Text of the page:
I went on a little adventure on Friday. What I gained from it is a priceless sense of independence and empowerment. I’d experienced this activity countless times with my family but have had a growing urge to try this alone. I’ve lacked the courage to do so in the past for two reasons: my sense of direction is a few fries short of a happy meal and I didn’t want to be murdered by the Boogie Man. Friday changed all of that for me. I finally went hiking in the woods by myself!
We have the privilege of living near a state park that has a diverse ecosystem with an abundance of of wildlife, trails, streams and a river that I’ll never get tired of looking at. This place is becoming my new best friend, gym and place of solitude where I can leave my worries, my busy schedule and my job at the entrance of the trail.
I realized as I was parking my car that I’d forgotten the map of the park that my husband had printed for me so I had to hike the trail relying solely on my memory from the one and only hike I’d taken on this particular trail with my family the weekend before. Fortunately this park color codes the trails. Once I found the turn off for the blue trail I knew I was on my way.
My first obstacle was to cross a small stream. I’ve crossed plenty of streams and rivers but this one was different. I was alone. I had to survey the stream to find the safest place for me to cross. It was a tricky little stream with large rocks under water that could be slippery and if I stepped wrong I could fall. I was able to cross the stream and check box that obstacle.
My sense of awareness changed after I crossed the stream and entered the deeply wooded area. My ears and eyes were in the drivers seat. My ears identified each and every word that nature spoke; the hollow sound of my footsteps on the ground, birds welcoming me, raindrops softly hitting the fallen leaves and of course the silence. Occasionally I’d hear a cracking sound and wondered if it was an animal traveling through the brush or a branch that had fallen from a dead tree. My eyes focused on my surroundings, the beauty of the forest and the patches of blue painted on various trees indicating that I was on the blue trail. Look for blue. Stay on blue but don’t forget to do a 360 every once in awhile to make sure the boogy man isn’t behind you.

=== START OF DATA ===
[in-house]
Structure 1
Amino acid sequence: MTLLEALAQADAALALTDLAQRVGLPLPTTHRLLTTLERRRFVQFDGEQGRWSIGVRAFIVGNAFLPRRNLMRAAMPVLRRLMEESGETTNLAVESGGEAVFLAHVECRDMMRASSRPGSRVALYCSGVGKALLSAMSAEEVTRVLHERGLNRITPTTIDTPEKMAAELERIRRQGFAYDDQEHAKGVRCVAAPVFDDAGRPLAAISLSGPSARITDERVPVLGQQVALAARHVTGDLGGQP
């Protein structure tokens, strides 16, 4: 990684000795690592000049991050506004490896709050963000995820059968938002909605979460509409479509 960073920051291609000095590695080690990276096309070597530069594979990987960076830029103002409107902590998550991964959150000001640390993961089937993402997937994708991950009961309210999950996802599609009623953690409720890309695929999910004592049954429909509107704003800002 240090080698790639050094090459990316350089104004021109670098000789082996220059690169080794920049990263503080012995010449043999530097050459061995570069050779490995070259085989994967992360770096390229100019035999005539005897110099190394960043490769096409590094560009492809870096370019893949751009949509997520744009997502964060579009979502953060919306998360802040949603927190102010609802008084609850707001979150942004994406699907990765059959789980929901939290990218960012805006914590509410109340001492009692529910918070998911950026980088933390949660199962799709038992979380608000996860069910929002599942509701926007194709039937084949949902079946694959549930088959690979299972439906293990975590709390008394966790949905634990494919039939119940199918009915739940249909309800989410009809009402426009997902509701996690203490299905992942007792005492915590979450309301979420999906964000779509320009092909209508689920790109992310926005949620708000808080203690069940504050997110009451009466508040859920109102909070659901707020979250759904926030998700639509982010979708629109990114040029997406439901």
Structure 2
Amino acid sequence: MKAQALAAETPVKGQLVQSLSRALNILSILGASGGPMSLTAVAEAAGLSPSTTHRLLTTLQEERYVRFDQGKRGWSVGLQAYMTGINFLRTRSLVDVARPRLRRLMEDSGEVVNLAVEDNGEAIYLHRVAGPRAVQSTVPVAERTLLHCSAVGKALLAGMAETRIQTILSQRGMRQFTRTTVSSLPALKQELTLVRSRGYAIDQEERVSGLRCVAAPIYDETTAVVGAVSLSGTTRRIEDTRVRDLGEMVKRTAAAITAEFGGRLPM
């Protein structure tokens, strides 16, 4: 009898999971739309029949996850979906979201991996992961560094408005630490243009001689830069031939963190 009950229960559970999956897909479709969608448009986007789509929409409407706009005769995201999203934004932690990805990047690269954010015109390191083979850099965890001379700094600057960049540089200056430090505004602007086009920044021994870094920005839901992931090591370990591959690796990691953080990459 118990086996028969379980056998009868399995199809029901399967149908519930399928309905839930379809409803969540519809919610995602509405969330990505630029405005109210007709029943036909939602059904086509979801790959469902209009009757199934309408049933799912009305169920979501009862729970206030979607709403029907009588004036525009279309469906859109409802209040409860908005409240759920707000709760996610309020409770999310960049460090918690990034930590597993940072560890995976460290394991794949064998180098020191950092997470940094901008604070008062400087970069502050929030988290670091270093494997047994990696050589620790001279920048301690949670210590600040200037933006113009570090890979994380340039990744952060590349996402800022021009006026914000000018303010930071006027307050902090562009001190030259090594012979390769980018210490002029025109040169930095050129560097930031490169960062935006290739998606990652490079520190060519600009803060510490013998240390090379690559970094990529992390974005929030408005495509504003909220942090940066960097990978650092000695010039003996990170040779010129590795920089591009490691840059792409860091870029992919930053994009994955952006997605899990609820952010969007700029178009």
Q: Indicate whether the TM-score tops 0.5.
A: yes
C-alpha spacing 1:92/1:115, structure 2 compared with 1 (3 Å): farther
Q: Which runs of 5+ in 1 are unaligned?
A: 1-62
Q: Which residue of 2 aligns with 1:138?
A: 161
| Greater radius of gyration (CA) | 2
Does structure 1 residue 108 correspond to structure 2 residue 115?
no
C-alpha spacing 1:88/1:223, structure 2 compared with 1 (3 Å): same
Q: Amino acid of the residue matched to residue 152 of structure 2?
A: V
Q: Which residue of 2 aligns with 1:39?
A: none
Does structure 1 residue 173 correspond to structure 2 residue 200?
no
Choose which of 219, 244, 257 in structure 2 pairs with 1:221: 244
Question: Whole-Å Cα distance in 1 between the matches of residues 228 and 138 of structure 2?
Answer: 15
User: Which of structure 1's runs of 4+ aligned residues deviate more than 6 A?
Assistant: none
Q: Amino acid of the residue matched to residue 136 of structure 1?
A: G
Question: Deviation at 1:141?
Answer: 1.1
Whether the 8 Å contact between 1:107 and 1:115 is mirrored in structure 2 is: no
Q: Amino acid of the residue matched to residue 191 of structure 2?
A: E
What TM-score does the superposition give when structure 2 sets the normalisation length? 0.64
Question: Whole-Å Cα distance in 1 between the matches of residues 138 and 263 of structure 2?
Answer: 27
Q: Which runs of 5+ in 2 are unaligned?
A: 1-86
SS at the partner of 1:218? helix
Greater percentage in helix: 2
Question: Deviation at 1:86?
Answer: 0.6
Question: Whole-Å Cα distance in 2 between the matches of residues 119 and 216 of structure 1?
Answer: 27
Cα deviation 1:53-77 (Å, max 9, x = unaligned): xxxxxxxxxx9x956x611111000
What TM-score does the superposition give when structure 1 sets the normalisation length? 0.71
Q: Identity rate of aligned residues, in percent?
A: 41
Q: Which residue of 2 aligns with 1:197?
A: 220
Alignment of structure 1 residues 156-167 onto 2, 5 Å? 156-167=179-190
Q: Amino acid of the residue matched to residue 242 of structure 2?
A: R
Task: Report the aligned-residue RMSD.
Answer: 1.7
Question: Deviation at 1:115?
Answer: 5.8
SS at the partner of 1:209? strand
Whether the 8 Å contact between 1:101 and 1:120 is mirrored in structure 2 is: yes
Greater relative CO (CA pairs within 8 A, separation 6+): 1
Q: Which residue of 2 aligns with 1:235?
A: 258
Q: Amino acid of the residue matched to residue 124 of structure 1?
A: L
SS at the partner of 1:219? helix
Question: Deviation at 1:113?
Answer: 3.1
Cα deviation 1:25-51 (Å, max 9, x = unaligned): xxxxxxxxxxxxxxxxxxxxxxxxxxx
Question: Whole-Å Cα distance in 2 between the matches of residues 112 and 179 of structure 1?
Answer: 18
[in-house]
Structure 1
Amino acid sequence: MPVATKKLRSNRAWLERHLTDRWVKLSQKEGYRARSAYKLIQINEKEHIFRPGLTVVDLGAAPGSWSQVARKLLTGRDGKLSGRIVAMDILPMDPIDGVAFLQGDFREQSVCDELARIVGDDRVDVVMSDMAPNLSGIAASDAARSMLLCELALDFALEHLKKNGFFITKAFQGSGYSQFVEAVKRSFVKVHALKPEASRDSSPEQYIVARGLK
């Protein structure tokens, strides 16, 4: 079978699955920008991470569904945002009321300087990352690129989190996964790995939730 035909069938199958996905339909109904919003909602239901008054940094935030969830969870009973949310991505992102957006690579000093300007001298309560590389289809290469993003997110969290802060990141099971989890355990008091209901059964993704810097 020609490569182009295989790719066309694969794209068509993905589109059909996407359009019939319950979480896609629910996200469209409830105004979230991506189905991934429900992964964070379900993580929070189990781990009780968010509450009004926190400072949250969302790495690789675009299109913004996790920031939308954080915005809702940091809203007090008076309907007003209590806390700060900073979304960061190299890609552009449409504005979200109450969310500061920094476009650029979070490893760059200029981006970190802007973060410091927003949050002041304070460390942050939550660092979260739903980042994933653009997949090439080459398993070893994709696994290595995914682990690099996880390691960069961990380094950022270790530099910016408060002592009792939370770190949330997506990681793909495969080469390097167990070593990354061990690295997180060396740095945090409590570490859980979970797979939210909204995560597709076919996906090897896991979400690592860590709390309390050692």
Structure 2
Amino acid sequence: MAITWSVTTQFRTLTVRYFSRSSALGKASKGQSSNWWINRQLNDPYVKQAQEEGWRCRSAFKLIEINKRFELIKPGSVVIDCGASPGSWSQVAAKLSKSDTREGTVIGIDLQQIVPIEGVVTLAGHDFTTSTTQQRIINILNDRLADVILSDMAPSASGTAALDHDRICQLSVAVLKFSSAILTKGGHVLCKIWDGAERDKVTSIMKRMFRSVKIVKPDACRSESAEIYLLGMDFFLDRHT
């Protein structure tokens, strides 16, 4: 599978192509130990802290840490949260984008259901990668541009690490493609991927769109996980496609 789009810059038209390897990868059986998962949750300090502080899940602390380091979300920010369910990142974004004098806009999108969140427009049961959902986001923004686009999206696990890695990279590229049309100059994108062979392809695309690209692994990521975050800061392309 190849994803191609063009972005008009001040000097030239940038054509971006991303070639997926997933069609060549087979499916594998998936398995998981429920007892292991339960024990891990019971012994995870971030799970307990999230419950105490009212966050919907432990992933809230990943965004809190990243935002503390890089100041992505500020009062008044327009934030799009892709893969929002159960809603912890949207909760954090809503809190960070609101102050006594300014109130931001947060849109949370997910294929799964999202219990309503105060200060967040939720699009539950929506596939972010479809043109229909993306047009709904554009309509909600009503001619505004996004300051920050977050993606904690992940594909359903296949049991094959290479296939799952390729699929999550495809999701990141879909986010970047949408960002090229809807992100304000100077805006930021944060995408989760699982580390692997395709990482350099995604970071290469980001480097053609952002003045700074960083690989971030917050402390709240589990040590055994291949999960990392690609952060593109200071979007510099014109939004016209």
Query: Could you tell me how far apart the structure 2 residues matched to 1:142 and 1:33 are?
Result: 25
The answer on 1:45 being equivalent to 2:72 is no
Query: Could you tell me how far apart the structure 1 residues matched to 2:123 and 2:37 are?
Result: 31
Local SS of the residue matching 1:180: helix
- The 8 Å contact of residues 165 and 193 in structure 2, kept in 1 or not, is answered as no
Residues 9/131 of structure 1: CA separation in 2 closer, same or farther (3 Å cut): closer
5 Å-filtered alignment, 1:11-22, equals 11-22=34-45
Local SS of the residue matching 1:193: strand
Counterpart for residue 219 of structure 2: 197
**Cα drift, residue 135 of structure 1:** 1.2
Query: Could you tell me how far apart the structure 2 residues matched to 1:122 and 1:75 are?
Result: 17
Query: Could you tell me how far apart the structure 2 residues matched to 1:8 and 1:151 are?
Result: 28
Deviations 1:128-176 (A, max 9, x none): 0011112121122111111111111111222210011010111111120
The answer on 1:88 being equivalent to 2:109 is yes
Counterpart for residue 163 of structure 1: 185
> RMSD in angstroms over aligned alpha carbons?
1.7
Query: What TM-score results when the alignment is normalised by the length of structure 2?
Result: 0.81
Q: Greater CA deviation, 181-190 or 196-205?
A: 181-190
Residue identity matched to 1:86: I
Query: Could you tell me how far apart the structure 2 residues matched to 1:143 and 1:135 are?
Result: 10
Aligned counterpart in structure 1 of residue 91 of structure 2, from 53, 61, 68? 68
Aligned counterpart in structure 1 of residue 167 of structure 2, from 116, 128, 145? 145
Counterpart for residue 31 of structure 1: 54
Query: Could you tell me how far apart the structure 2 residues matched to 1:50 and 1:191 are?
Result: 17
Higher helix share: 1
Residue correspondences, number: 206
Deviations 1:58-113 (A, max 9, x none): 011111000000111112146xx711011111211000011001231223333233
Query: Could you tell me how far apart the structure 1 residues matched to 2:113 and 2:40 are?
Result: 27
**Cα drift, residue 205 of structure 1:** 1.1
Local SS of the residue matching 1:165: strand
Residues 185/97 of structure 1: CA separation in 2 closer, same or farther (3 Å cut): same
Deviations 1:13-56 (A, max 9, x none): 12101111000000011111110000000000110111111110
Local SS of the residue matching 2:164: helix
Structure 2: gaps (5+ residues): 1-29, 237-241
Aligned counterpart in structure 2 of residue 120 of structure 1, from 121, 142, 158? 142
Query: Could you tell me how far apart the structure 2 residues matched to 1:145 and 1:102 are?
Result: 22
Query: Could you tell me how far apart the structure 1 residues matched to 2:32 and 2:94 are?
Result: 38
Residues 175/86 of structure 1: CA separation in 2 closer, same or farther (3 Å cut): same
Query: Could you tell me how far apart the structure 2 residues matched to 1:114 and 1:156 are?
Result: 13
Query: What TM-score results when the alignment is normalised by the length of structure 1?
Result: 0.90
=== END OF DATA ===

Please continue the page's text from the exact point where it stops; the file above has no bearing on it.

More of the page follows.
I hiked along, kept my eyes open for blue, and remembered every land mark I’d made a mental note of from my hike with my family the weekend before. I listened intently to everything nature whispered to me. Each time I changed elevation, the woods presented me with a different flora to observe and a new appreciation for the experience.
After I was about three quarters of the way through the trail I encountered a fork in the trail. Orange was to the left, blue was to the right. I did not remember this part from my previous hike with my family but I was alone and I had to decide what to do. I chose orange because it veered left and I felt that was to the direction that take me to the main entrance trail. I started getting nervous because I didn’t recognize the scenery but I knew as long as I stayed on a trail I wouldn’t be lost. From a distance I could hear the sound of the flowing river telling me I’d soon pick up the blue trail and sure enough I did.
I could not contain the smile that came across my face as I approached the main trail that would take me out of the park. I didn’t want to leave but it was time for me to re-enter society, go to the grocery store for the ingredients for the supper that I’d make and then greet my children as they arrived home from school.
I grew up in an era when kids played outside. I spent plenty of time outside with my brothers and the kids in our neighborhood swimming, riding bikes, playing ball and getting dirty. My family did not however, have an appreciation for the outdoors. We didn’t hike, fish, camp or spend time on the water the way my husband’s family did.
Each decade of my adulthood has had a different theme. I am now midway through my third decade of adulthood and the theme of this one has been to earn a bachelors degree, change jobs, participate in my children’s extra curricular activities and stand by my husband as he earned a master’s degree. It is in this decade that I have developed a hunger, yearning and an interest in the outdoors. I want to be able to occasionally leave the craziness of life at the entrance of the trail to hike, fish and eventually learn to camp.
I believe that everything comes in time at the right time. As the decades of my life unfold there will be more time for the outdoors but I know where that trail is, that I can hike it by myself and that when I need to leave society at the entrance of the trail if only for a few hours it’s there waiting.